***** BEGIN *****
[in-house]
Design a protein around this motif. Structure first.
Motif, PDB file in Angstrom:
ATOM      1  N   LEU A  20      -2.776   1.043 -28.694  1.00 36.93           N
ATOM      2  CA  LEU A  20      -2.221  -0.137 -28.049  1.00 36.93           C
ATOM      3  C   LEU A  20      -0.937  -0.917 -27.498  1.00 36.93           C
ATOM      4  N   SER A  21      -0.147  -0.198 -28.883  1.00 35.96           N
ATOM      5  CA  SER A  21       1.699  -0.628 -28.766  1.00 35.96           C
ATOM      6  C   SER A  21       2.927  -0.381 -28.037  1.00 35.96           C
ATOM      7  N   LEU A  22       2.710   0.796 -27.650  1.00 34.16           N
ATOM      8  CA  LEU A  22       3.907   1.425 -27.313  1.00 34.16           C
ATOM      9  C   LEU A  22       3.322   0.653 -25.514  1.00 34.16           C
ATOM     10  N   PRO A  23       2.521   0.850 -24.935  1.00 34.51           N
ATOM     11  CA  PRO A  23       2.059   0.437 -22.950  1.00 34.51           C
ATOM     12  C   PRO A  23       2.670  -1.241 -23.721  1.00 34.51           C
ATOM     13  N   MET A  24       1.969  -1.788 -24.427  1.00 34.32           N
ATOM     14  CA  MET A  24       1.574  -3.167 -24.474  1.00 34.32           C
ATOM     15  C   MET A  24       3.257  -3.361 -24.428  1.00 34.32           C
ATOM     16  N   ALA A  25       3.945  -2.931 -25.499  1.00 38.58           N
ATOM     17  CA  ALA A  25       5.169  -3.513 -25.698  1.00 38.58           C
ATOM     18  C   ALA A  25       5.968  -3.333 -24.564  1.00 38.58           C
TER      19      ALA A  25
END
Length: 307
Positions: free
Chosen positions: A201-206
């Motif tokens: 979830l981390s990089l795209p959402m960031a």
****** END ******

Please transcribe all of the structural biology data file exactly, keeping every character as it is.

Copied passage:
[in-house]
Design a protein around this motif. Structure first.
Motif, PDB file in Angstrom:
ATOM      1  N   LEU A  20      -2.776   1.043 -28.694  1.00 36.93           N
ATOM      2  CA  LEU A  20      -2.221  -0.137 -28.049  1.00 36.93           C
ATOM      3  C   LEU A  20      -0.937  -0.917 -27.498  1.00 36.93           C
ATOM      4  N   SER A  21      -0.147  -0.198 -28.883  1.00 35.96           N
ATOM      5  CA  SER A  21       1.699  -0.628 -28.766  1.00 35.96           C
ATOM      6  C   SER A  21       2.927  -0.381 -28.037  1.00 35.96           C
ATOM      7  N   LEU A  22       2.710   0.796 -27.650  1.00 34.16           N
ATOM      8  CA  LEU A  22       3.907   1.425 -27.313  1.00 34.16           C
ATOM      9  C   LEU A  22       3.322   0.653 -25.514  1.00 34.16           C
ATOM     10  N   PRO A  23       2.521   0.850 -24.935  1.00 34.51           N
ATOM     11  CA  PRO A  23       2.059   0.437 -22.950  1.00 34.51           C
ATOM     12  C   PRO A  23       2.670  -1.241 -23.721  1.00 34.51           C
ATOM     13  N   MET A  24       1.969  -1.788 -24.427  1.00 34.32           N
ATOM     14  CA  MET A  24       1.574  -3.167 -24.474  1.00 34.32           C
ATOM     15  C   MET A  24       3.257  -3.361 -24.428  1.00 34.32           C
ATOM     16  N   ALA A  25       3.945  -2.931 -25.499  1.00 38.58           N
ATOM     17  CA  ALA A  25       5.169  -3.513 -25.698  1.00 38.58           C
ATOM     18  C   ALA A  25       5.968  -3.333 -24.564  1.00 38.58           C
TER      19      ALA A  25
END
Length: 307
Positions: free
Chosen positions: A201-206
């Motif tokens: 979830l981390s990089l795209p959402m960031a």